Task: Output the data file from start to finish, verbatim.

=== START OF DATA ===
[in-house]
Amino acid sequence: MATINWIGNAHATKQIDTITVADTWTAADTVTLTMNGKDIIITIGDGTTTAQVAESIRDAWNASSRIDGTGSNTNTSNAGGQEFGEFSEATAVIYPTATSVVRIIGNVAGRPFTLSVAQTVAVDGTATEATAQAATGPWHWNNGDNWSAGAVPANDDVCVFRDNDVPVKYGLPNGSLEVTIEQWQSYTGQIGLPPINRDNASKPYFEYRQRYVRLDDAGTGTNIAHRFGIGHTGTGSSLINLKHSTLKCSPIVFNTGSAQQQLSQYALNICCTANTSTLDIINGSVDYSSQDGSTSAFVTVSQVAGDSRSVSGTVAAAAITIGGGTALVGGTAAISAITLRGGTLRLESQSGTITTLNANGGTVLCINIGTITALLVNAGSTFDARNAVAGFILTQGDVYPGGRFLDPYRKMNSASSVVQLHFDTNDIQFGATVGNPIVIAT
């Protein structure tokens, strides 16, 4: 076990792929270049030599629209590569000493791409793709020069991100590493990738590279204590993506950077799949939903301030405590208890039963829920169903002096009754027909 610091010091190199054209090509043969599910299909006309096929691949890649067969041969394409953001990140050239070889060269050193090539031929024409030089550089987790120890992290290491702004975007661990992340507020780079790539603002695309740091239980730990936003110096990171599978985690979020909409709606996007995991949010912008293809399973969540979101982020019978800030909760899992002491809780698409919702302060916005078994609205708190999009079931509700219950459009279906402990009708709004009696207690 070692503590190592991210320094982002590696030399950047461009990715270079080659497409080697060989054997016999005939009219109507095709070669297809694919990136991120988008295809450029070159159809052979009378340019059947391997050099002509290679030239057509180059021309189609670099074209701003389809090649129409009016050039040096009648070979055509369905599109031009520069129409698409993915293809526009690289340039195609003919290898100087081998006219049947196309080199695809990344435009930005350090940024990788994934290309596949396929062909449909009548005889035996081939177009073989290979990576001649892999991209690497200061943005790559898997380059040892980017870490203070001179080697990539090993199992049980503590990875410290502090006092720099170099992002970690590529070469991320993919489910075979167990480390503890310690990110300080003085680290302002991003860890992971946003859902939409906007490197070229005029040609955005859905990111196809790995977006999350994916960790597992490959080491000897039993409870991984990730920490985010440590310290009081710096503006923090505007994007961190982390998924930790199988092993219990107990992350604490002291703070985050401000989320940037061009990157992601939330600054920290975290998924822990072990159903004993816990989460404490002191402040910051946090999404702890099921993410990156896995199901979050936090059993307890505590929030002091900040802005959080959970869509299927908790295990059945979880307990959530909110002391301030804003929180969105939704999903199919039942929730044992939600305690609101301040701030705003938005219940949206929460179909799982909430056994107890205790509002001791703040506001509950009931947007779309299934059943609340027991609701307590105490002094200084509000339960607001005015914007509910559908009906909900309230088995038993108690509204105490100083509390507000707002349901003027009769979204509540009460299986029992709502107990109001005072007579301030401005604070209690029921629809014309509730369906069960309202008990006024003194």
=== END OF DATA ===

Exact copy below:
[in-house]
Amino acid sequence: MATINWIGNAHATKQIDTITVADTWTAADTVTLTMNGKDIIITIGDGTTTAQVAESIRDAWNASSRIDGTGSNTNTSNAGGQEFGEFSEATAVIYPTATSVVRIIGNVAGRPFTLSVAQTVAVDGTATEATAQAATGPWHWNNGDNWSAGAVPANDDVCVFRDNDVPVKYGLPNGSLEVTIEQWQSYTGQIGLPPINRDNASKPYFEYRQRYVRLDDAGTGTNIAHRFGIGHTGTGSSLINLKHSTLKCSPIVFNTGSAQQQLSQYALNICCTANTSTLDIINGSVDYSSQDGSTSAFVTVSQVAGDSRSVSGTVAAAAITIGGGTALVGGTAAISAITLRGGTLRLESQSGTITTLNANGGTVLCINIGTITALLVNAGSTFDARNAVAGFILTQGDVYPGGRFLDPYRKMNSASSVVQLHFDTNDIQFGATVGNPIVIAT
């Protein structure tokens, strides 16, 4: 076990792929270049030599629209590569000493791409793709020069991100590493990738590279204590993506950077799949939903301030405590208890039963829920169903002096009754027909 610091010091190199054209090509043969599910299909006309096929691949890649067969041969394409953001990140050239070889060269050193090539031929024409030089550089987790120890992290290491702004975007661990992340507020780079790539603002695309740091239980730990936003110096990171599978985690979020909409709606996007995991949010912008293809399973969540979101982020019978800030909760899992002491809780698409919702302060916005078994609205708190999009079931509700219950459009279906402990009708709004009696207690 070692503590190592991210320094982002590696030399950047461009990715270079080659497409080697060989054997016999005939009219109507095709070669297809694919990136991120988008295809450029070159159809052979009378340019059947391997050099002509290679030239057509180059021309189609670099074209701003389809090649129409009016050039040096009648070979055509369905599109031009520069129409698409993915293809526009690289340039195609003919290898100087081998006219049947196309080199695809990344435009930005350090940024990788994934290309596949396929062909449909009548005889035996081939177009073989290979990576001649892999991209690497200061943005790559898997380059040892980017870490203070001179080697990539090993199992049980503590990875410290502090006092720099170099992002970690590529070469991320993919489910075979167990480390503890310690990110300080003085680290302002991003860890992971946003859902939409906007490197070229005029040609955005859905990111196809790995977006999350994916960790597992490959080491000897039993409870991984990730920490985010440590310290009081710096503006923090505007994007961190982390998924930790199988092993219990107990992350604490002291703070985050401000989320940037061009990157992601939330600054920290975290998924822990072990159903004993816990989460404490002191402040910051946090999404702890099921993410990156896995199901979050936090059993307890505590929030002091900040802005959080959970869509299927908790295990059945979880307990959530909110002391301030804003929180969105939704999903199919039942929730044992939600305690609101301040701030705003938005219940949206929460179909799982909430056994107890205790509002001791703040506001509950009931947007779309299934059943609340027991609701307590105490002094200084509000339960607001005015914007509910559908009906909900309230088995038993108690509204105490100083509390507000707002349901003027009769979204509540009460299986029992709502107990109001005072007579301030401005604070209690029921629809014309509730369906069960309202008990006024003194």